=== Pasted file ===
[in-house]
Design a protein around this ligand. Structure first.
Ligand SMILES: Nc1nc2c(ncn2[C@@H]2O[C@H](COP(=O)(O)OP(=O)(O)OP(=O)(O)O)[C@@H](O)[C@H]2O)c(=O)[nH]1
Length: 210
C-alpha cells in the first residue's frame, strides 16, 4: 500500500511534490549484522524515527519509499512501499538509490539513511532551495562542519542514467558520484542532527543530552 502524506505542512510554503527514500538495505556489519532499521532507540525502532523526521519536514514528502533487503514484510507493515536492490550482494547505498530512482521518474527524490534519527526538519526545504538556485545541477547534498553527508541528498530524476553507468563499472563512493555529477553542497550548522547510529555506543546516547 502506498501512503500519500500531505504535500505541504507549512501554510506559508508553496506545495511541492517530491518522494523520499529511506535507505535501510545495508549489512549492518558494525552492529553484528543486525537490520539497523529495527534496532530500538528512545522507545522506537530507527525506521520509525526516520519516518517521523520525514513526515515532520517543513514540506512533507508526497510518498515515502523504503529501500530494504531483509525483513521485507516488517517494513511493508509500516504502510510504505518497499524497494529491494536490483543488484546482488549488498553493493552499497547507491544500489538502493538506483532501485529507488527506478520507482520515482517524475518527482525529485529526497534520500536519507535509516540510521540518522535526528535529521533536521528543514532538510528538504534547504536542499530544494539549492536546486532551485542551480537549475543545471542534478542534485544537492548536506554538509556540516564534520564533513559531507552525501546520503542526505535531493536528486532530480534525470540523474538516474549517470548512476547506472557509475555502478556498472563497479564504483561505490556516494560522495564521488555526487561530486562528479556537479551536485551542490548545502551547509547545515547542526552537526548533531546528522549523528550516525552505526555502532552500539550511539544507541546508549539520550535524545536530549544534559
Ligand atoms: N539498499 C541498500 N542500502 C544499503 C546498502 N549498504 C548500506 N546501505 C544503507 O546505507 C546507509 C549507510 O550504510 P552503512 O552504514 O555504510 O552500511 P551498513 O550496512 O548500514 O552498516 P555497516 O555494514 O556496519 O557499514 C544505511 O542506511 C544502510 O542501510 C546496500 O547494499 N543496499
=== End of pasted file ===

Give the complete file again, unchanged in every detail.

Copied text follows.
[in-house]
Design a protein around this ligand. Structure first.
Ligand SMILES: Nc1nc2c(ncn2[C@@H]2O[C@H](COP(=O)(O)OP(=O)(O)OP(=O)(O)O)[C@@H](O)[C@H]2O)c(=O)[nH]1
Length: 210
C-alpha cells in the first residue's frame, strides 16, 4: 500500500511534490549484522524515527519509499512501499538509490539513511532551495562542519542514467558520484542532527543530552 502524506505542512510554503527514500538495505556489519532499521532507540525502532523526521519536514514528502533487503514484510507493515536492490550482494547505498530512482521518474527524490534519527526538519526545504538556485545541477547534498553527508541528498530524476553507468563499472563512493555529477553542497550548522547510529555506543546516547 502506498501512503500519500500531505504535500505541504507549512501554510506559508508553496506545495511541492517530491518522494523520499529511506535507505535501510545495508549489512549492518558494525552492529553484528543486525537490520539497523529495527534496532530500538528512545522507545522506537530507527525506521520509525526516520519516518517521523520525514513526515515532520517543513514540506512533507508526497510518498515515502523504503529501500530494504531483509525483513521485507516488517517494513511493508509500516504502510510504505518497499524497494529491494536490483543488484546482488549488498553493493552499497547507491544500489538502493538506483532501485529507488527506478520507482520515482517524475518527482525529485529526497534520500536519507535509516540510521540518522535526528535529521533536521528543514532538510528538504534547504536542499530544494539549492536546486532551485542551480537549475543545471542534478542534485544537492548536506554538509556540516564534520564533513559531507552525501546520503542526505535531493536528486532530480534525470540523474538516474549517470548512476547506472557509475555502478556498472563497479564504483561505490556516494560522495564521488555526487561530486562528479556537479551536485551542490548545502551547509547545515547542526552537526548533531546528522549523528550516525552505526555502532552500539550511539544507541546508549539520550535524545536530549544534559
Ligand atoms: N539498499 C541498500 N542500502 C544499503 C546498502 N549498504 C548500506 N546501505 C544503507 O546505507 C546507509 C549507510 O550504510 P552503512 O552504514 O555504510 O552500511 P551498513 O550496512 O548500514 O552498516 P555497516 O555494514 O556496519 O557499514 C544505511 O542506511 C544502510 O542501510 C546496500 O547494499 N543496499